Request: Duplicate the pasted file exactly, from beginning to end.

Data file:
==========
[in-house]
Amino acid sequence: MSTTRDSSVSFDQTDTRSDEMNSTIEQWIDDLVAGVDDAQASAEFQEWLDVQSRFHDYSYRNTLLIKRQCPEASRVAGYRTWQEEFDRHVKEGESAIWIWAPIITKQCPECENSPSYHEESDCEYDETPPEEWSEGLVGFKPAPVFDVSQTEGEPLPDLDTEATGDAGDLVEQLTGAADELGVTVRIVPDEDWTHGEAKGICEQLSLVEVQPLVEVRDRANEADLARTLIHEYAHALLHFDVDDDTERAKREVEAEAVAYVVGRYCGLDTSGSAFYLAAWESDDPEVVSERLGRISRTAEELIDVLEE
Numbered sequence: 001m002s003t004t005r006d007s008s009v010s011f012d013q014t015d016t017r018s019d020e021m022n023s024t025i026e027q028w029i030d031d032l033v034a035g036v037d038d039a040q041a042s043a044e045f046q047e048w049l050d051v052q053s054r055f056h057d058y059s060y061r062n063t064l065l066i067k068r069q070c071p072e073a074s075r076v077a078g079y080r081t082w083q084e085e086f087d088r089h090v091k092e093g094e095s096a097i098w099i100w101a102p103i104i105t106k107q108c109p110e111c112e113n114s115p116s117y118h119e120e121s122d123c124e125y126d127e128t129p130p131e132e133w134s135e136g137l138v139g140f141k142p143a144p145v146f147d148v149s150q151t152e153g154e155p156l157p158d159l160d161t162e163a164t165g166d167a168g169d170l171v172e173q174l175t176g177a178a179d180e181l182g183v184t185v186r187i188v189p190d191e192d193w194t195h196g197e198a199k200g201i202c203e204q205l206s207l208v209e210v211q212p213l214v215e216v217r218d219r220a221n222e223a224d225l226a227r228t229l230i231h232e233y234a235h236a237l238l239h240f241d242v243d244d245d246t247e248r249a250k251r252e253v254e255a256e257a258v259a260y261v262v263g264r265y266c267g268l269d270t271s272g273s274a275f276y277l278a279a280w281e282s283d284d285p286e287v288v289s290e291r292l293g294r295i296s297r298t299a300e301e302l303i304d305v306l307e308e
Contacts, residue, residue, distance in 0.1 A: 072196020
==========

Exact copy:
[in-house]
Amino acid sequence: MSTTRDSSVSFDQTDTRSDEMNSTIEQWIDDLVAGVDDAQASAEFQEWLDVQSRFHDYSYRNTLLIKRQCPEASRVAGYRTWQEEFDRHVKEGESAIWIWAPIITKQCPECENSPSYHEESDCEYDETPPEEWSEGLVGFKPAPVFDVSQTEGEPLPDLDTEATGDAGDLVEQLTGAADELGVTVRIVPDEDWTHGEAKGICEQLSLVEVQPLVEVRDRANEADLARTLIHEYAHALLHFDVDDDTERAKREVEAEAVAYVVGRYCGLDTSGSAFYLAAWESDDPEVVSERLGRISRTAEELIDVLEE
Numbered sequence: 001m002s003t004t005r006d007s008s009v010s011f012d013q014t015d016t017r018s019d020e021m022n023s024t025i026e027q028w029i030d031d032l033v034a035g036v037d038d039a040q041a042s043a044e045f046q047e048w049l050d051v052q053s054r055f056h057d058y059s060y061r062n063t064l065l066i067k068r069q070c071p072e073a074s075r076v077a078g079y080r081t082w083q084e085e086f087d088r089h090v091k092e093g094e095s096a097i098w099i100w101a102p103i104i105t106k107q108c109p110e111c112e113n114s115p116s117y118h119e120e121s122d123c124e125y126d127e128t129p130p131e132e133w134s135e136g137l138v139g140f141k142p143a144p145v146f147d148v149s150q151t152e153g154e155p156l157p158d159l160d161t162e163a164t165g166d167a168g169d170l171v172e173q174l175t176g177a178a179d180e181l182g183v184t185v186r187i188v189p190d191e192d193w194t195h196g197e198a199k200g201i202c203e204q205l206s207l208v209e210v211q212p213l214v215e216v217r218d219r220a221n222e223a224d225l226a227r228t229l230i231h232e233y234a235h236a237l238l239h240f241d242v243d244d245d246t247e248r249a250k251r252e253v254e255a256e257a258v259a260y261v262v263g264r265y266c267g268l269d270t271s272g273s274a275f276y277l278a279a280w281e282s283d284d285p286e287v288v289s290e291r292l293g294r295i296s297r298t299a300e301e302l303i304d305v306l307e308e
Contacts, residue, residue, distance in 0.1 A: 072196020